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Extended auto(un)boxing of primitive types

3 replies [Last post]
vikstar
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Joined: 2004-04-23
Points: 0

Sometimes auto(un)boxing occurs only for the purpose of passing an argument through a method. The following is a trivial (uncompilable) example to demostrate what I mean:

<br />
public interface Point {<br />
  public void setX(Number x);<br />
  public void setY(Number y);<br />
}</p>
<p>public class DoublePoint implements Point {<br />
  private double x, y;<br />
  public void setX(Number x) {<br />
    this.x = x;<br />
  }<br />
  public void setY(Number y) {<br />
    this.y = y;<br />
  }<br />
}</p>
<p>Point p = new DoublePoint();<br />
p.setX(1.3);<br />
p.setY(2.7);<br />

I propose two things:

1) That java can auto(un)box to and from a Number.

2) For the compiler to recognize that auto(un)boxing is not actually required in this case, it is only used to satisfy the interface. So, it should simply pass the primitive values 1.3 and 2.7 through the methods to the x and y arguemtns without actually autoboxing them.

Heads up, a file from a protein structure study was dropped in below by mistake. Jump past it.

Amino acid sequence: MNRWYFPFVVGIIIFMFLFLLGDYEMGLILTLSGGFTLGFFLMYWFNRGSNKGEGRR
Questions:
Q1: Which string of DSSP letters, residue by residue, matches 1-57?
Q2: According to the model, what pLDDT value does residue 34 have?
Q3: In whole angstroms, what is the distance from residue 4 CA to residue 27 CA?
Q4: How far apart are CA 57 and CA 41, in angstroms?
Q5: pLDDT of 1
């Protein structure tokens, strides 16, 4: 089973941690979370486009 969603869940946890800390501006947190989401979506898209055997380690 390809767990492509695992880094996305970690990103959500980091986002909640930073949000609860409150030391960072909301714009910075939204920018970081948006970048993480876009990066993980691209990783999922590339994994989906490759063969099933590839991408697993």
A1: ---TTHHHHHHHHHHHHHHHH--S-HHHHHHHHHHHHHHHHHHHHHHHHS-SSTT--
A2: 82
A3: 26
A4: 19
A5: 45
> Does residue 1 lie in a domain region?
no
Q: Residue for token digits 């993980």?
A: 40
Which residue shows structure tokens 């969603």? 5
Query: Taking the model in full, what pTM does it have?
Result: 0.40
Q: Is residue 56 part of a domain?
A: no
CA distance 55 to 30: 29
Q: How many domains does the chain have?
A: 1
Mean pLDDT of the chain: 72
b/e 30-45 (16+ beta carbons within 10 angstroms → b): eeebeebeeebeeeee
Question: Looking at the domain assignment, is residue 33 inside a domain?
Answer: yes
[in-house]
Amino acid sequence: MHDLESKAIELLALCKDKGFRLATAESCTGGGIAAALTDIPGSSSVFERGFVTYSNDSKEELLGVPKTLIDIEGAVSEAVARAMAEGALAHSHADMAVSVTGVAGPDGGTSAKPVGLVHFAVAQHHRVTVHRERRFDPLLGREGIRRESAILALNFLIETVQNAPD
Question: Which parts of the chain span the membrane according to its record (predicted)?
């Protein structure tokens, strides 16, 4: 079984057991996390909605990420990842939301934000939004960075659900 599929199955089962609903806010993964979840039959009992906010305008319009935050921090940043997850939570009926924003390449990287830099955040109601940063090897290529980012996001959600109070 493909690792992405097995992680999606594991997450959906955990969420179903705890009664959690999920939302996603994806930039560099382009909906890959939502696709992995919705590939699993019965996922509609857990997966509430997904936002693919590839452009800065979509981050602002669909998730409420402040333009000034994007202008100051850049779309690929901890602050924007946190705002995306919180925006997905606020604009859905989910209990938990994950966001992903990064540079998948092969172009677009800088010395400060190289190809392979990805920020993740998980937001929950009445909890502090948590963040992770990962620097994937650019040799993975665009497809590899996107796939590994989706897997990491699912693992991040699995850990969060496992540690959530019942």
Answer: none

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slava
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Joined: 2003-06-10
Points: 0

Autoboxing was a mistake. If you want consistent semantics for objects and primitive types, use a modern language like Lisp or Smalltalk. Sun should not have tried to smooth over the primitive/object distinction in the most crappy way imaginable.

tsinger
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Joined: 2003-06-10
Points: 0

-1

[b]NO[/b], no more auto(un)boxing! It's the worst "feature", that was introduced in Java 5, because it might introduce subtle bugs (NullPointerExceptions).

Tom

vikstar
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Joined: 2004-04-23
Points: 0

Sorry, i accidently must have pressed post message instead of preview. Please see the latest thread instead.